I can't think of any specific objects in my own writing that have become "characters" but I have also always developed my settings like characters. Each "set" has its own personality and I like to think about the mood of a certain scene before I decide where it will take place. For example the city in my MS RULER OF GEAL are very rickety and almost hidden, always full of secrets but ready to fight back in very strange ways when threatened, whereas the hills are ancient and wild, bursting with the past. Come to think of it they both have almost the same life and past beneath the surface they just manifest it in different ways. But I am rambling now. Sorry. :P

  18. Your post changed my views about what a character is! Now I have to read Emily's book out of curiosity. I sit in my chair now thinking that a character could be something other than flesh and bones. A great read! Thanks for sharing!

  19. I've never thought about that before. Sure I've read it--but never considered an object as a character. This is so cool! I'm definitely going to consider this with future projects.

    By the way, when I grow up--I want to have a friend JUST like you!

  20. I have these! The Orient (the sea) acts as a character. She's out to protect my main character and 'brings him home' in a She also knows when she's being threatened because she lives to see the pirates sail. I even call her she!

  21. That doll is not right! SCREAM. Love the post.
    I would write more but I am getting ready for 2 weeks away, during which I will miss all of my marvelous #goatposse most dreadfully.

  22. Great post!! I hadn't really given it much thought when it came to my own writing, but in my WIP a clothing line becomes a character in it's own way. It slowly evolves, influences by circumstances, and transforms into something that really mirrors who the main character becomes. Wow! Thanks for making me think about that. The other one that immediately comes to mind is The Ring in The Lord of The Rings. It's one freaky character!

  23. I don't know that I have any in my own books, but another example would be Manderly in REBECCA. Man, do I love that gothic crap!

  24. Kerri~ Hey there! Thanks for the kindnesses. :) Glad you could stop by, twinkie sistah.

    Mandie~ Thanks girl! I enjoyed your blog today, too.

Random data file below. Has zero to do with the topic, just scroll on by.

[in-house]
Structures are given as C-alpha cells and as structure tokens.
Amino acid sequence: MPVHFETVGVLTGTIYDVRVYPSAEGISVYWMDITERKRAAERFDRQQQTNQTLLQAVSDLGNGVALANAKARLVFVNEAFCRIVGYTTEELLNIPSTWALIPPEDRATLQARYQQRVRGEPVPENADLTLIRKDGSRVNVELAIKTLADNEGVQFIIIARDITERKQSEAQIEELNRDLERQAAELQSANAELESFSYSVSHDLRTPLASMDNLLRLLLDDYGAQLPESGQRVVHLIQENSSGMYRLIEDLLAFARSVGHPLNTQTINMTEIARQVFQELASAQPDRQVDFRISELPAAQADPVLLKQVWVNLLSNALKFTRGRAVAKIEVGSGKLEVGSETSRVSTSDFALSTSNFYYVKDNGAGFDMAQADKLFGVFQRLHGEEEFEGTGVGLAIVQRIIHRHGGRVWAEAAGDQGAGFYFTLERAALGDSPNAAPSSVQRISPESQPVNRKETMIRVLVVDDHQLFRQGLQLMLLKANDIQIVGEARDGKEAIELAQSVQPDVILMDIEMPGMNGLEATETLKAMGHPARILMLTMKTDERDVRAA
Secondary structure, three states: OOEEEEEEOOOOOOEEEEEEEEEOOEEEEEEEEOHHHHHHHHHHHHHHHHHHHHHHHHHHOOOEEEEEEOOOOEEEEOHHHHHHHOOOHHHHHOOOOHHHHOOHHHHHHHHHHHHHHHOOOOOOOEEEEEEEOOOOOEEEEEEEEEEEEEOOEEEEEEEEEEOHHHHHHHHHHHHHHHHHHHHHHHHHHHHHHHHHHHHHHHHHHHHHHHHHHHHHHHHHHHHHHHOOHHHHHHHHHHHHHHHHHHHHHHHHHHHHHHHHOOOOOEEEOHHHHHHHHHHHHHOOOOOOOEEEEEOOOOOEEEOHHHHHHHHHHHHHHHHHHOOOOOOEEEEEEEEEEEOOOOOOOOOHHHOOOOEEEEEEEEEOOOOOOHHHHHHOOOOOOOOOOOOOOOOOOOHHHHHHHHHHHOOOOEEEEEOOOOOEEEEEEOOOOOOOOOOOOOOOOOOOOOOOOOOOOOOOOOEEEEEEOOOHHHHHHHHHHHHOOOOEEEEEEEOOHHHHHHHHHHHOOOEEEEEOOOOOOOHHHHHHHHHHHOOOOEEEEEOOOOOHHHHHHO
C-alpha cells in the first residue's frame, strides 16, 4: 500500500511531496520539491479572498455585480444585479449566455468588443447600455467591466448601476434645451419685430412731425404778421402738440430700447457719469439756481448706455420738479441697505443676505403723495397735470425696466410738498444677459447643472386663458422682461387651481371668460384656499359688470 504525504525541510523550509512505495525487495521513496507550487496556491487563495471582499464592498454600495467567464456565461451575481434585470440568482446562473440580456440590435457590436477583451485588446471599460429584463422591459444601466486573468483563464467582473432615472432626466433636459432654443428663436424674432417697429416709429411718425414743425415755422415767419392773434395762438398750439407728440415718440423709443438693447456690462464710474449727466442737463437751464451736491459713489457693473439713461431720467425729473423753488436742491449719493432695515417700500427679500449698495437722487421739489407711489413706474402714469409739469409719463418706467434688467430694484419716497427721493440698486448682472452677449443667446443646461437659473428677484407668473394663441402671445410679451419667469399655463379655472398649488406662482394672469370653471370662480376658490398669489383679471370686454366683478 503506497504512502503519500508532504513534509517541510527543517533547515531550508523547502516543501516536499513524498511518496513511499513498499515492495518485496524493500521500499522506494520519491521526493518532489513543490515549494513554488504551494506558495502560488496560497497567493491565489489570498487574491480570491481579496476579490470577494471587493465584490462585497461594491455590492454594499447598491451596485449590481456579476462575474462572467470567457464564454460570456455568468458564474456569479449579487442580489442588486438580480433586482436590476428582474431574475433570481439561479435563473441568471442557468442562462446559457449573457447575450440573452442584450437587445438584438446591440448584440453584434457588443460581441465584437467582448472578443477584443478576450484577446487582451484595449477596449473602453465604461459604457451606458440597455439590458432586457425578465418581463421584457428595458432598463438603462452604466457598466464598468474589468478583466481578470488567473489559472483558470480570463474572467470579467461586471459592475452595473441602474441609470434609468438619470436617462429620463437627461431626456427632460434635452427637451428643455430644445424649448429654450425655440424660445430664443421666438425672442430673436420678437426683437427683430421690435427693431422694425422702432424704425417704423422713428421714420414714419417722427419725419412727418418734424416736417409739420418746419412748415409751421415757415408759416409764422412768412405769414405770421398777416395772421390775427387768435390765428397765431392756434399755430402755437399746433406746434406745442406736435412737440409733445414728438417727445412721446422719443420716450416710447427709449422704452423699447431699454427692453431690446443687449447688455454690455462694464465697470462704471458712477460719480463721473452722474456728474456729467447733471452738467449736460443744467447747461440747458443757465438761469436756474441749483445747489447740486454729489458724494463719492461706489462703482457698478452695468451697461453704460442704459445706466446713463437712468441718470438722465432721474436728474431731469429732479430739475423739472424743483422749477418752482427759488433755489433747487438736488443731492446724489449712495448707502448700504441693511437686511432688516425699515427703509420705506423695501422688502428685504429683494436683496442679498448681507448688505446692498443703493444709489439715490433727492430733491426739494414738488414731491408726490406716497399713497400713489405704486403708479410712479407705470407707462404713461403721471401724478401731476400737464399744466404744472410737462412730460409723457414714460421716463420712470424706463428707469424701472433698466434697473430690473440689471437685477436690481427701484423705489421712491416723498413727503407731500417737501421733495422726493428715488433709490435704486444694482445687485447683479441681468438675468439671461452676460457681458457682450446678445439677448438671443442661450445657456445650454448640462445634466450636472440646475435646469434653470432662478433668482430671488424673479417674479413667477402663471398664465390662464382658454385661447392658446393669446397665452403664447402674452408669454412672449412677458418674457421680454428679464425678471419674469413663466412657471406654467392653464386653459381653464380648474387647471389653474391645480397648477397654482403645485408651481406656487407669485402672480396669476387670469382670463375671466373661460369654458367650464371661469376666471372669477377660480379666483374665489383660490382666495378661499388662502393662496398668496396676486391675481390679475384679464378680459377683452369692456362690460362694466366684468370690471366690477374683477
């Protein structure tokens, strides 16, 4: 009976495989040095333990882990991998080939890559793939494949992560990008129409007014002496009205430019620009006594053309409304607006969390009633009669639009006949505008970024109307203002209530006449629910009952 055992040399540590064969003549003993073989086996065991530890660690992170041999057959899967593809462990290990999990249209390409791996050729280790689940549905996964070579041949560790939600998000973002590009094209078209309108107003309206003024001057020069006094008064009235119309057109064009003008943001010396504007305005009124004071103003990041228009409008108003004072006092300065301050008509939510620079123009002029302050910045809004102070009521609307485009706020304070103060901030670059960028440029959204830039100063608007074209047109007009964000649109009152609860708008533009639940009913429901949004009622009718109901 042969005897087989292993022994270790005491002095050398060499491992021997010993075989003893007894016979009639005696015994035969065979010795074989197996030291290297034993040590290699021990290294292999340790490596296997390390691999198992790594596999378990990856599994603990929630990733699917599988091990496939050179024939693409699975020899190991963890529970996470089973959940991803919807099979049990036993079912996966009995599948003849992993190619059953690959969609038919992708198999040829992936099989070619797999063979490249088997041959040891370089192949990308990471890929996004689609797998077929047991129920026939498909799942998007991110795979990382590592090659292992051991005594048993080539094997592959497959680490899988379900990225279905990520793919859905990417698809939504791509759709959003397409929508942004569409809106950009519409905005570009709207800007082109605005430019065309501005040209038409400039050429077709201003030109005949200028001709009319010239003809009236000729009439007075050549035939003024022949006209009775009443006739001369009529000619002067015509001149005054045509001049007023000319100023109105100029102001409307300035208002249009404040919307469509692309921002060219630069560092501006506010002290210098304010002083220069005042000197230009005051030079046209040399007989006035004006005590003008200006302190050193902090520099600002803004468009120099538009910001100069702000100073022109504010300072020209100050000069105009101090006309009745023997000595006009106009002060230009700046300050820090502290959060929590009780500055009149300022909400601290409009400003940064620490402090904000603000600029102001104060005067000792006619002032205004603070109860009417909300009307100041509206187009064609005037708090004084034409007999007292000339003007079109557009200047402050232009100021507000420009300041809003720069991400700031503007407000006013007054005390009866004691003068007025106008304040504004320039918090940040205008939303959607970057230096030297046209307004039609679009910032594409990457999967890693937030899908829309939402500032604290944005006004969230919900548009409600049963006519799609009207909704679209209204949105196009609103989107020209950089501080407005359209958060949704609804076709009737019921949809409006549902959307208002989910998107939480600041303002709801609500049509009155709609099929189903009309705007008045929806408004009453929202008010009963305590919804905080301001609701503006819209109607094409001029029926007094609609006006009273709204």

T.S.~ Yes, dolls are the creepiest. One of my phobias, in fact. That's so cool! A forest is a perfect example.

    Angela~ LOL. I know right? Everyone's creeped out by that doll. Awesome about the bed. It almost becomes her friend. Great insights!

    Jane~ What a clever and unusual setting! I like that. :)

    Taryn~ Thanks! And sweet Mary up there is responsible for the terminology. I had no idea what it was called until after I read her comment! lOl. I love that detail about the hills and the city. VERY cool.

    Rene~ Hi there! I'm so glad the post got you to thinking. You're welcome! And thank you for stopping by.

    Rookstar~ Aww. Well, hurry up and grow up so we can be friends already. LOL

    Ashley~ Ooh. The sea as a character. I can totally see that! And no pun intended on words there. LOL

    Pony girl~ Haha. I must needs find a doll like this. It would be great to sit out on the porch at Halloween. Of course, it would end up scaring me, so that would defeat the purpose. Oh no! You're going on vaca and leaving #goatposse w/out your leadership? Not happy. But, I do wish you lots of fun!

    Tonya~ Welcome! And thanks very much. AWESOME example w/the ring! My precious...eek! That still gives me chills. Hehe

    Mindy~ Thanks for stopping in! I've never read that one, but if there's a gothic castle involved, I'm so there! Thanks for the tip!

  25. I adore objects and places as characters--it's such a sensory way to tie someone to a story, this added dimension.

    Uh, have I mentioned how much I want SPLINTERED? Oh, also, the shoes? Creepy and beautiful.

    You always find the best images, too!

  26. Hey Katey~ I WANT you to read SPLINTERED. Now,we only need to get a publisher on board. I'm trying! LOL

    Thanks about the pictures!That's one of my fave things to do is to find old pictures that have a haunting aura. ;)